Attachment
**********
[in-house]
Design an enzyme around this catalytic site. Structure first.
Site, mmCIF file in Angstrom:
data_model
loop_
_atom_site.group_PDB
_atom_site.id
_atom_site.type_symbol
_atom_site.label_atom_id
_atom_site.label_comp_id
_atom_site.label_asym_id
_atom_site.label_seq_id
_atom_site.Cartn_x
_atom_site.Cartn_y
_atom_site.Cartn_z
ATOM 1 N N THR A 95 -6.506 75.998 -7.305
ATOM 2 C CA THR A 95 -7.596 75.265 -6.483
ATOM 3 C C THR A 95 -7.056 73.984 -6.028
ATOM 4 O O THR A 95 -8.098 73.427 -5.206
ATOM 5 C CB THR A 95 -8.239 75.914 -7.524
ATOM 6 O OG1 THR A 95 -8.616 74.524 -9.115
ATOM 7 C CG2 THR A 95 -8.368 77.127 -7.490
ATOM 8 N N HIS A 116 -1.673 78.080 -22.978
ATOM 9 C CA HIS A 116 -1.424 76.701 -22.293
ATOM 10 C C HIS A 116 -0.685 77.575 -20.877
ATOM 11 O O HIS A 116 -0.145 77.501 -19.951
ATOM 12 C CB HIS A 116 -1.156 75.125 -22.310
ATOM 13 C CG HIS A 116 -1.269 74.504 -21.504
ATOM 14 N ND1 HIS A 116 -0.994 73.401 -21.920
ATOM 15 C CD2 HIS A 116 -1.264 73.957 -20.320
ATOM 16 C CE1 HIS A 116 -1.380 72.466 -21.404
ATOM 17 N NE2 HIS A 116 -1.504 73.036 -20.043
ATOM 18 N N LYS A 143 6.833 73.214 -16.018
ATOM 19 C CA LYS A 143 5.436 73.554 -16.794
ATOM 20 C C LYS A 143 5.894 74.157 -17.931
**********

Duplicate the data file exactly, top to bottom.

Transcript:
[in-house]
Design an enzyme around this catalytic site. Structure first.
Site, mmCIF file in Angstrom:
data_model
loop_
_atom_site.group_PDB
_atom_site.id
_atom_site.type_symbol
_atom_site.label_atom_id
_atom_site.label_comp_id
_atom_site.label_asym_id
_atom_site.label_seq_id
_atom_site.Cartn_x
_atom_site.Cartn_y
_atom_site.Cartn_z
ATOM 1 N N THR A 95 -6.506 75.998 -7.305
ATOM 2 C CA THR A 95 -7.596 75.265 -6.483
ATOM 3 C C THR A 95 -7.056 73.984 -6.028
ATOM 4 O O THR A 95 -8.098 73.427 -5.206
ATOM 5 C CB THR A 95 -8.239 75.914 -7.524
ATOM 6 O OG1 THR A 95 -8.616 74.524 -9.115
ATOM 7 C CG2 THR A 95 -8.368 77.127 -7.490
ATOM 8 N N HIS A 116 -1.673 78.080 -22.978
ATOM 9 C CA HIS A 116 -1.424 76.701 -22.293
ATOM 10 C C HIS A 116 -0.685 77.575 -20.877
ATOM 11 O O HIS A 116 -0.145 77.501 -19.951
ATOM 12 C CB HIS A 116 -1.156 75.125 -22.310
ATOM 13 C CG HIS A 116 -1.269 74.504 -21.504
ATOM 14 N ND1 HIS A 116 -0.994 73.401 -21.920
ATOM 15 C CD2 HIS A 116 -1.264 73.957 -20.320
ATOM 16 C CE1 HIS A 116 -1.380 72.466 -21.404
ATOM 17 N NE2 HIS A 116 -1.504 73.036 -20.043
ATOM 18 N N LYS A 143 6.833 73.214 -16.018
ATOM 19 C CA LYS A 143 5.436 73.554 -16.794
ATOM 20 C C LYS A 143 5.894 74.157 -17.931